- The Hungarian Crisis: Is the EU Failing against Authoritarianism?
- Could Belarus Become a Prelude to the Great Polish-Swedish War 400 Years Ago?
- Escalation of the Karabakh Conflict: Threats and Challenges for Georgia
- Some Thoughts on the Use of the Term „Post-Soviet Space“
- Georgia’s European Way During the Period of Pandemic Deglobalization
- Turkey's Caucasus Policy Against the Backdrop of the Latest Armenia-Azerbaijan Tensions
- Khabarovsk Krai Protests as an Indicator of the Russian Federation’s Stability
- The Pragmatism and Idealism of the Georgian-American Partnership
- Independence of Georgia and the Historic Responsibility of Our Generation
- Pensions, Economic Growth, Agflation and Inflation
- Trio Pandemic Propaganda: How China, Russia and Iran Are Targeting the West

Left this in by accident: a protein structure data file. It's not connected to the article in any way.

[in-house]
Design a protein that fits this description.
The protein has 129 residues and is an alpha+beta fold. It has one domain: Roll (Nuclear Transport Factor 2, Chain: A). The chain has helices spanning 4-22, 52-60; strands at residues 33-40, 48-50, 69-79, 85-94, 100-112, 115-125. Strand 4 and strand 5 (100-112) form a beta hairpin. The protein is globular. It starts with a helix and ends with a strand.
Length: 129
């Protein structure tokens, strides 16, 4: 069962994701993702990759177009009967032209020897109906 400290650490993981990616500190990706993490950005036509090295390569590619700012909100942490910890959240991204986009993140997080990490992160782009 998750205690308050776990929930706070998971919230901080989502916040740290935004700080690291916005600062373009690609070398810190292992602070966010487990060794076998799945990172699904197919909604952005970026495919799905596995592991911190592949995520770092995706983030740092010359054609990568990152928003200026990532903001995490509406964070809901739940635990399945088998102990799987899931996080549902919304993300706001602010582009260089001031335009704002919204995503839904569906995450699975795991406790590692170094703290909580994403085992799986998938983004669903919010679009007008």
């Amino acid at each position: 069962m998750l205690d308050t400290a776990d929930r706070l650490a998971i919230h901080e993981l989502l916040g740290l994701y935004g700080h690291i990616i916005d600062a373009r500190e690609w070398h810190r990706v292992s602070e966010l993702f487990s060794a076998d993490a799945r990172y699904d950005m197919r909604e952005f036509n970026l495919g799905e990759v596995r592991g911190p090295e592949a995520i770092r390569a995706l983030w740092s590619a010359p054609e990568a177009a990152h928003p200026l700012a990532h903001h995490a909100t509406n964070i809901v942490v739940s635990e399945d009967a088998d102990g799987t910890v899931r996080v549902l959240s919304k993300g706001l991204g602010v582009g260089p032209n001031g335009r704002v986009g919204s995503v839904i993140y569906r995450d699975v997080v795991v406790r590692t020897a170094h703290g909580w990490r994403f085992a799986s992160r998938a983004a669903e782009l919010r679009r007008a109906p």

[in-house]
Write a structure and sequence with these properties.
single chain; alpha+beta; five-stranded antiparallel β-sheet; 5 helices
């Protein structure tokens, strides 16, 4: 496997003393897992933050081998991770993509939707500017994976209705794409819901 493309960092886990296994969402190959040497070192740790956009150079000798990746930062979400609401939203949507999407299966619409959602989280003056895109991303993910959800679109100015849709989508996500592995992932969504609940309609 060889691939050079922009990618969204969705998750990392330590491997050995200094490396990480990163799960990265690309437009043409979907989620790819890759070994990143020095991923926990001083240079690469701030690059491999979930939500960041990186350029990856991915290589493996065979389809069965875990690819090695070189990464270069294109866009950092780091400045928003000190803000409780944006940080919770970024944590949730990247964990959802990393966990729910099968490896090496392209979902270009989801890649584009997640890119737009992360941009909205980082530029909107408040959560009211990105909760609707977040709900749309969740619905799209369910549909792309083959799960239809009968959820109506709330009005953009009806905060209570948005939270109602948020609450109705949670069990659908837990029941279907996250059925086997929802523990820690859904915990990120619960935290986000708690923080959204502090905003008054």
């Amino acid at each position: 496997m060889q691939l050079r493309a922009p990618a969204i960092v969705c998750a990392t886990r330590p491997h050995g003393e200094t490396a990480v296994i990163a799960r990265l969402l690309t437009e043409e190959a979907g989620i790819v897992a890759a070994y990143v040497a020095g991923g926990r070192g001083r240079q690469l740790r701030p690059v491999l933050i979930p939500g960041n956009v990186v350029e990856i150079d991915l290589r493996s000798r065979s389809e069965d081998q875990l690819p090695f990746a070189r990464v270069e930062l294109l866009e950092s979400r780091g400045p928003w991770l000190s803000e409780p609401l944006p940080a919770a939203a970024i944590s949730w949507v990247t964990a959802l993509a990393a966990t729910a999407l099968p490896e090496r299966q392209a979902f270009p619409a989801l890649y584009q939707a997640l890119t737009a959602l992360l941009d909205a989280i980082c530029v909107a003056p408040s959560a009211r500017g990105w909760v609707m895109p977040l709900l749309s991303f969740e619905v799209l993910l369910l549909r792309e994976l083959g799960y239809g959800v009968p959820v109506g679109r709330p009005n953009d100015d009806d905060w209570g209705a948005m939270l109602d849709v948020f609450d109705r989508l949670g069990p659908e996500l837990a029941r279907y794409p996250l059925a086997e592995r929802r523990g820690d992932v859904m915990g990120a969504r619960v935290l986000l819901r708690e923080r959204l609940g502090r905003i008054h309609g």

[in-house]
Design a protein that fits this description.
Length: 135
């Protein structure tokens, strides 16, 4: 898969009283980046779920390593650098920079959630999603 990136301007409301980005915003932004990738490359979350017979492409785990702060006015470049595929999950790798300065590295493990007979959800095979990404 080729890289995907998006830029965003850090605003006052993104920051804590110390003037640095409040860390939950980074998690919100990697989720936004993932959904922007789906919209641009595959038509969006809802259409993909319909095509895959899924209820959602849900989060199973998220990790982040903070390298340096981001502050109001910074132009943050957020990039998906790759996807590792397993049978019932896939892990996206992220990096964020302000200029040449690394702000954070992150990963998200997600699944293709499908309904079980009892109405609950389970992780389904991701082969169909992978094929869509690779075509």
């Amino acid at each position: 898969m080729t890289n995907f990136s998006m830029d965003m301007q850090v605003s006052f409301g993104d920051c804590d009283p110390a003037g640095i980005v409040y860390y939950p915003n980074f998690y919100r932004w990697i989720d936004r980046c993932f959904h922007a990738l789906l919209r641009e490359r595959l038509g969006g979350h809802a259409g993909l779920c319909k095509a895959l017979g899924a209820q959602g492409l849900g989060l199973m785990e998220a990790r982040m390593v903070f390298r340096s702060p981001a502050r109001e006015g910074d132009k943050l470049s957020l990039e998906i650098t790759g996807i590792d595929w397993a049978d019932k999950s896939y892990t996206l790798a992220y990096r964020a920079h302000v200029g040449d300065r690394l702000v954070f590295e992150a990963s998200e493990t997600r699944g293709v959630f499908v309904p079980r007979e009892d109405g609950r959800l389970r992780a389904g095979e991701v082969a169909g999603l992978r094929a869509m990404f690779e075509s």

- Complications Caused by the Coronavirus in Turkey and Their Influence on Georgia
- From Russia with… a Canny Plan
- “Elections” in Abkhazia: New “President’s” Revanche and Challenges
- Consumer Crisis in the Tskhinvali Region: Food for Thought
- Georgians Fighting the Same Battle 99 Years Later
- Georgian Defense – Political Paradox and the Vicious Circle of Not Having a System
- Why It Matters: Georgia’s 'Troll Scandal' Explained
- Political Crisis in Occupied Abkhazia
- What is the Significance of Killing General Qasem Soleimani?
- What Will the New Dialogue Format with Russia Bring for Georgia?
- On the “Russian Culture Center” in Georgia
- Whither Economic Policy?
- Main Messages of Russian Propaganda
- Massive Cyberattacks On Georgia Calls For Defense And Resilience